Gulf Crisis Remains Unsolved As Qatar Rejects Ultimatum

Saudi Foreign Minister Adel al-Jubeir, UAE Foreign Minister Abdullah bin Zayed al-Nahyan, Egyptian Foreign Minister Sameh Shoukry and Bahraini Foreign Minister Khalid bin Ahmed al-Khalifa attend a press conference after their meeting that discussed the diplomatic situation with Qatar, in Cairo, Egypt. (Photo: Reuters)

Qatar, the host of the biggest U.S. military base in the Middle East, has dismissed 13-point ultimatum by Saudi-led Arab neighbors on Wednesday and did not face stiff retaliation by other Gulf nations and Egypt.

“The response (letter) we got was overall negative and lacked any content. It did not provide a basis for Qatar to retreat from its policies,” Egyptian Foreign Minister Samih Shukri said in a press conference without giving further details on the letter Kuwait, as the mediator country, delivered them.

Doha’s rejection of the ultimatum of four Arab countries left them fuming and disappointed, even after 48 hour-extended deadline, but they avoided announcing further sanctions.

Saudi Foreign Minister Adel al-Jubeir, who spoke at a news conference in Cairo on Wednesday, joined by his counterparts from the United Arab Emirates, Bahrain, and Egypt, said that a boycott of Qatar would remain in place.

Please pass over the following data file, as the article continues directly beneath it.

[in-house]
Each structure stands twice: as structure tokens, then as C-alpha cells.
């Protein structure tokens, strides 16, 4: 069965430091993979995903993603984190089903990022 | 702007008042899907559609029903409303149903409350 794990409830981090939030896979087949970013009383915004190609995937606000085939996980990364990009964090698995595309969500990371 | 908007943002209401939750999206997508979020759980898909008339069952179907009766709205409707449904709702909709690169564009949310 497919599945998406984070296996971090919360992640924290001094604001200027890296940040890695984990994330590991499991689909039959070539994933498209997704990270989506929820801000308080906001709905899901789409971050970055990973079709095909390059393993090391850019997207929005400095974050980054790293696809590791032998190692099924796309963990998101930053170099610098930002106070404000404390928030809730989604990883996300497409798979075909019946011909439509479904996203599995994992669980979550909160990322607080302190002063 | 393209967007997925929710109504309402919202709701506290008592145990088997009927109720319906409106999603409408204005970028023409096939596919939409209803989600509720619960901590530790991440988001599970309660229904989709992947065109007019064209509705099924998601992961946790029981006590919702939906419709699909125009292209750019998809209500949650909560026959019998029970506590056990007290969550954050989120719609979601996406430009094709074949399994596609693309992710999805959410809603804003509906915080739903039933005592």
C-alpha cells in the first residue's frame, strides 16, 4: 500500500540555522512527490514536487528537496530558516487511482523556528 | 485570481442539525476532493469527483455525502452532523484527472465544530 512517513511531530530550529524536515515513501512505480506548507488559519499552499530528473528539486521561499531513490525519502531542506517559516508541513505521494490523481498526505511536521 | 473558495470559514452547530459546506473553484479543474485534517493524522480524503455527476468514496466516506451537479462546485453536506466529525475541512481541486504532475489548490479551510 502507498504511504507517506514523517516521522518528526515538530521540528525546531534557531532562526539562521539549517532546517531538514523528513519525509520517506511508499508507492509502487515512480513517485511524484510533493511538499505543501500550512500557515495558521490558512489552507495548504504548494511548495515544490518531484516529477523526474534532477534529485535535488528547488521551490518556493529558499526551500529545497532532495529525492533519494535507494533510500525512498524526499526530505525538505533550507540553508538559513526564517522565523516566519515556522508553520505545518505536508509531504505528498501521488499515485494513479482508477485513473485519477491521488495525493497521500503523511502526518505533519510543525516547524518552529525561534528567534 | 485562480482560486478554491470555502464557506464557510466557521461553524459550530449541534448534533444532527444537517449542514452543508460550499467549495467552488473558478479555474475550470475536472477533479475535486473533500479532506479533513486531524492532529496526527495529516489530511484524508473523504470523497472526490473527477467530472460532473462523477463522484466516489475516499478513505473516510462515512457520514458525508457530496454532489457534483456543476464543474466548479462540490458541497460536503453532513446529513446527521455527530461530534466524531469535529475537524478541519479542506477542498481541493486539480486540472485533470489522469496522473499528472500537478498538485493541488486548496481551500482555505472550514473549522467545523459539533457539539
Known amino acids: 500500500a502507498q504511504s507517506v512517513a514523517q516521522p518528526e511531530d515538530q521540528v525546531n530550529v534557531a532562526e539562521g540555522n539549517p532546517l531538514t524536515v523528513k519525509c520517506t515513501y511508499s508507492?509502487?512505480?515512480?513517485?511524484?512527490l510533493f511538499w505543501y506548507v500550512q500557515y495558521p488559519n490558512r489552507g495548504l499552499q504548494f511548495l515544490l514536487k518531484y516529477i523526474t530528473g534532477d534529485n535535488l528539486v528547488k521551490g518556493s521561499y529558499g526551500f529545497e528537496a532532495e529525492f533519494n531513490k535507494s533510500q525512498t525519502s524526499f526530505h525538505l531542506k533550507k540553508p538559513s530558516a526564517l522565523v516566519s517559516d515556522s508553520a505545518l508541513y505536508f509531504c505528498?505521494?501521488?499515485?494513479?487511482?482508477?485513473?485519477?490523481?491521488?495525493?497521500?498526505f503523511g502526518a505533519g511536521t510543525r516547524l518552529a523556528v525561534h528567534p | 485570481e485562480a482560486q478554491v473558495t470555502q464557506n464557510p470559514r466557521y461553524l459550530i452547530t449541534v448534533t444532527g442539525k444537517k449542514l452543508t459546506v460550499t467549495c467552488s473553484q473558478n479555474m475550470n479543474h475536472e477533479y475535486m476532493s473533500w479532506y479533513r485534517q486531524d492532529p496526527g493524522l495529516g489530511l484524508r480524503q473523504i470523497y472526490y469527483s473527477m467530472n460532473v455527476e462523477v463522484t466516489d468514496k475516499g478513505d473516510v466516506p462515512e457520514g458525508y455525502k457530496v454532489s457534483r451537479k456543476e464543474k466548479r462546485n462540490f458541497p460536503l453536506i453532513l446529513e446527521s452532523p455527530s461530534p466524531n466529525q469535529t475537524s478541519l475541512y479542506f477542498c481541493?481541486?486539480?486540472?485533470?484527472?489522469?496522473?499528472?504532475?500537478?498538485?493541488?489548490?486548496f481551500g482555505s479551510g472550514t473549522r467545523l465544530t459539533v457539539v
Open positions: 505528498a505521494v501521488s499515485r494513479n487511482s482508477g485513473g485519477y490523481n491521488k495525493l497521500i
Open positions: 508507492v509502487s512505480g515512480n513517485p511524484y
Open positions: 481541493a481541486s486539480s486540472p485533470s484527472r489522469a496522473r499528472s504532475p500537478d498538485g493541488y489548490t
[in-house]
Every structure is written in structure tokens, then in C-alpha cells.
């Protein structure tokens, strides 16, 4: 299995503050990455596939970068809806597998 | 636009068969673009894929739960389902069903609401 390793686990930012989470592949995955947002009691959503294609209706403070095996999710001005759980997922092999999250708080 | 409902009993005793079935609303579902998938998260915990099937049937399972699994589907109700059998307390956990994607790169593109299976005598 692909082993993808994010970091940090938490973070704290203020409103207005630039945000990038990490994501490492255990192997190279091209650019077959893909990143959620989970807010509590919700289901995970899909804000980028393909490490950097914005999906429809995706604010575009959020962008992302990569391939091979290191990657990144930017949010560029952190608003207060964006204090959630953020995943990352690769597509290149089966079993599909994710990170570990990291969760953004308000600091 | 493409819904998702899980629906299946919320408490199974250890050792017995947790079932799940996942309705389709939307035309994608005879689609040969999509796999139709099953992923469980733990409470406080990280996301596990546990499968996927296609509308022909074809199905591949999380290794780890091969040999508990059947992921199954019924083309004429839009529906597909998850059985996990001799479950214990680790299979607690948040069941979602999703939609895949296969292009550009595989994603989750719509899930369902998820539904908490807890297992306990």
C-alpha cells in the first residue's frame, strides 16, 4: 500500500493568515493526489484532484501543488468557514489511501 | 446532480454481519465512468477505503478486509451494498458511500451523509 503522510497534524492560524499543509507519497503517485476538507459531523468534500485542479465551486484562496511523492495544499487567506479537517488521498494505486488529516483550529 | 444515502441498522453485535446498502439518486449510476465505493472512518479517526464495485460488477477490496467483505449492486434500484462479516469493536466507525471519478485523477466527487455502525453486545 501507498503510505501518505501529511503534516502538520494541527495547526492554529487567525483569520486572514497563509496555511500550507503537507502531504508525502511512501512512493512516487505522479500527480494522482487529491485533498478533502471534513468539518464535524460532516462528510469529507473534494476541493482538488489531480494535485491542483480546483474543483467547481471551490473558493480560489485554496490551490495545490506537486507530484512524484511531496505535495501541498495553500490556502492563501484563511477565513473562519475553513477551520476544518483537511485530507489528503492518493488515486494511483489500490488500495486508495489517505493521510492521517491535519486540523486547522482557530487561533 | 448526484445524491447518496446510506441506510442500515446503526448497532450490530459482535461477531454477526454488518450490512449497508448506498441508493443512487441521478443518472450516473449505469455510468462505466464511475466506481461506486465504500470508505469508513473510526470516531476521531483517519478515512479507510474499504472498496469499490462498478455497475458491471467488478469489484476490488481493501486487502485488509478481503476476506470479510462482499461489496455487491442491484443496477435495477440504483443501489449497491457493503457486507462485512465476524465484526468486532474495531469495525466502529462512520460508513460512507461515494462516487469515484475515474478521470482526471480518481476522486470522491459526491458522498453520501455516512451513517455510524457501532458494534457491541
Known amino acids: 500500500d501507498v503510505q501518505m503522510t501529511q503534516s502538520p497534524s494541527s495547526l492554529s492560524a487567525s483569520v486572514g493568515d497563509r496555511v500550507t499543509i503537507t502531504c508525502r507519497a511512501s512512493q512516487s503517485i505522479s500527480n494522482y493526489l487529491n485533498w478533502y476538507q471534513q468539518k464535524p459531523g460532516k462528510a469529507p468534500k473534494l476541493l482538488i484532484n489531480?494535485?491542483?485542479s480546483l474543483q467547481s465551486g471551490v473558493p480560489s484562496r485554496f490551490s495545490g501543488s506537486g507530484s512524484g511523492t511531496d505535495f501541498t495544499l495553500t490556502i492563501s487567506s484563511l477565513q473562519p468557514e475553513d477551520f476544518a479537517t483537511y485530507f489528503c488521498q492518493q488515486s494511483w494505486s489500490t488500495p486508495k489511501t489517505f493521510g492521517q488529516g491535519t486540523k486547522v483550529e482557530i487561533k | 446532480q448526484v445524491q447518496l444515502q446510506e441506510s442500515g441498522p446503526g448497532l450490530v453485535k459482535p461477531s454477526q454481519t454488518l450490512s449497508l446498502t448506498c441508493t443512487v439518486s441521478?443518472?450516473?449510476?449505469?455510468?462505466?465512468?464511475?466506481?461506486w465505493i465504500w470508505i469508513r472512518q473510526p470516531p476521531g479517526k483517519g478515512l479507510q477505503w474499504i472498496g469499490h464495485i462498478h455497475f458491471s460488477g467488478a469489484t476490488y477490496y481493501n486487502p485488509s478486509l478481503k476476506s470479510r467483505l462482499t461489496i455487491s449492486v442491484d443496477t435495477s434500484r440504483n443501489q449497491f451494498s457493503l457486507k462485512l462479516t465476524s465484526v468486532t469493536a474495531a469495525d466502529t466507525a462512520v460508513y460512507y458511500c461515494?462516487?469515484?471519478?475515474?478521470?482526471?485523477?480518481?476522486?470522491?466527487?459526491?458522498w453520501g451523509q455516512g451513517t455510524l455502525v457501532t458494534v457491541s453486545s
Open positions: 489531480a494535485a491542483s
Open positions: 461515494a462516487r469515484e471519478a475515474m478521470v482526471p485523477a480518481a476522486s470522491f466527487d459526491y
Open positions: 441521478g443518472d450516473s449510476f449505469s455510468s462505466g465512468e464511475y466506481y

The Saudi-led coalition, which severed diplomatic and travel ties with Qatar, accuses it of supporting terrorist groups in the region and allying with their regional foe, Iran. They demanded Doha curtail its support for the Muslim Brotherhood, shut down both Turkish military base on its soil and pan-Arab Al Jazeera TV network.

Egyptian President Abdel Fattah al-Sisi spoke with U.S. President Donald J. Trump in a telephone call about the dispute with Qatar, Egyptian presidency said. “The visions of the two presidents on dealing with current regional crises were in line,” Mr. Sisi’s office said.

In his speech at the Chatham House, a London-based think tank, Qatari Foreign Minister Sheik Mohammed bin Abdulrahman al-Thani said Qatar continues to call for dialogue, according to Al Arabiya.

“The expected punitive measures by Arab powers must be in line with the international law,” he added. The minister also stated that there needs to be a “healthy relationship” with Iran, pointing out the two states’ share of an offshore gas field, from where the tiny Gulf state gets most of its enormous wealth.

On Wednesday evening, Qatar’s strong ally Turkey surprisingly announced that it might close its military base in Qatar if demanded by Doha.

Turkish President Recep Tayyip Erdogan told France 24 channel that he doesn’t want Gulf region to be a new “crisis base” after Iraq and Syria. “If Qatar requests us [to shut down our military base], we wouldn’t stay where we are not wanted,” Mr. Erdogan said.

Saudi foreign minister had previously warned Turkey to stay neutral in the ongoing row. Turkey, since the beginning of the crisis, has sent 100 cargo planes with supplies and rushed through legislation to send more troops to its base in Doha.

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